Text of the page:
PPA Releases Statement Over Internet Gambling
The president of Poker Player's Alliance, or the PPA, Michael Bolcerek, an organization with more than 100,000 members, released a statement in reaction to the recently scheduled "field hearing" on the issue of internet gambling. The statement reads:
"The Poker Players Alliance supports an open dialogue to discuss this issue and we sincerely hope that the interests of poker enthusiasts in the state of Iowa will be heard at the field hearing. At the same time, while millions of poker players across the country care about this issue, we do not believe that Internet poker is of critical importance to the average Iowan. Field hearings focusing on high gas prices, quality education and healthcare, or the escalating war on terror would be a much more appropriate and productive use of taxpayer dollars."
"While there are concerns with underage gambling and problem gambling, the prohibition bill sponsored by Rep. Leach and supported by Majority Leader Frist is shortsighted and will do nothing to address those concerns. As it stands the bill makes exemptions for Internet wagers on horse races, lotteries and fantasy sports. This fact is inconsistent with the supposed desire to ban online gambling. Moreover, Americans learned long ago that prohibitions don't work. In fact, prohibiting online poker will only drive the industry underground, essentially creating unregulated online 'speakeasys' for people to play this game of skill."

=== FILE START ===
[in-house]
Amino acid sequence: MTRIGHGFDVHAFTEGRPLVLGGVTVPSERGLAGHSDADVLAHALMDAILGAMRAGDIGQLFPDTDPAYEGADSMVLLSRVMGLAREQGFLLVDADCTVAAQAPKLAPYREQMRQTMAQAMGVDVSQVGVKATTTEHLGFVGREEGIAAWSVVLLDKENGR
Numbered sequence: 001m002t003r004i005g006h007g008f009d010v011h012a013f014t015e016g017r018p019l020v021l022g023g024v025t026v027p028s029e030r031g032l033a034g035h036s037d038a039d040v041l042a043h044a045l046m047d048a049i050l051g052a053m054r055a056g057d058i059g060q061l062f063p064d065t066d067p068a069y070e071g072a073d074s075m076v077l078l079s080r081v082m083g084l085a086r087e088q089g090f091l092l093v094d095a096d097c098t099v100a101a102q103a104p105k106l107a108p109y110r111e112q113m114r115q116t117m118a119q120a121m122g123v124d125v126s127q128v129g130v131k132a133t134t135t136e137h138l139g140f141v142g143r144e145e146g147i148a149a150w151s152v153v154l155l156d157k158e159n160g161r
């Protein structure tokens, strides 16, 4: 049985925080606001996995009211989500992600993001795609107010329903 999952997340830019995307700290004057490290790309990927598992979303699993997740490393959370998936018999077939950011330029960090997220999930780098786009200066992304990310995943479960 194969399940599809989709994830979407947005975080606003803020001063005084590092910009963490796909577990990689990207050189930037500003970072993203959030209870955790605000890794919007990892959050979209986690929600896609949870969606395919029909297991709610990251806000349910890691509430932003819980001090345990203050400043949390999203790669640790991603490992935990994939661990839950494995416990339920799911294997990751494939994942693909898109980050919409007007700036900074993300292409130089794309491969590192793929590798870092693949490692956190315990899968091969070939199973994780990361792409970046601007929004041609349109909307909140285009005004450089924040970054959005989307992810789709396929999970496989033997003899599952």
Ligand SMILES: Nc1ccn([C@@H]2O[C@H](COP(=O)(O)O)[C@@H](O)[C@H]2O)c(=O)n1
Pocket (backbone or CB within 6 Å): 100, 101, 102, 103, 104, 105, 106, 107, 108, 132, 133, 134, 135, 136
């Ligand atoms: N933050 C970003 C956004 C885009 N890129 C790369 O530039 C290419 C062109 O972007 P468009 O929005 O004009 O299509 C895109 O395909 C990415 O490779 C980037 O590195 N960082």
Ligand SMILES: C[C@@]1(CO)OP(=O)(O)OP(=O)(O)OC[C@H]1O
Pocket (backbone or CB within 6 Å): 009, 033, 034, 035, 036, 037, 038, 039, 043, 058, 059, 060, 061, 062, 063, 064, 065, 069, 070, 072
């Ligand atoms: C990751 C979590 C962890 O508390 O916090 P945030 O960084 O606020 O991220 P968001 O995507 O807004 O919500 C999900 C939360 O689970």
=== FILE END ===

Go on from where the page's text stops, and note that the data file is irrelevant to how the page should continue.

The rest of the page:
"A more sensible approach is to license, regulate and tax this skill game here in the United States, much like we already do with 'brick and mortar' casinos and card rooms. A recent economic analysis commissioned by the PPA reveals that more than $3.3 billion in tax revenue could be raised by the federal government by simply regulating Internet poker. An additional $1 billion could be spread amongst the states. Some of this money could be wisely spent on public education about the proper age to gamble and programs to treat problem gamblers."
"The PPA values the leadership of Rep. Leach and Sen. Frist and we sincerely hope that they will shift their focus away from prohibiting a game of skill enjoyed by 23 million Americans on the Internet to more timely and relevant issues facing the people of Iowa and this country."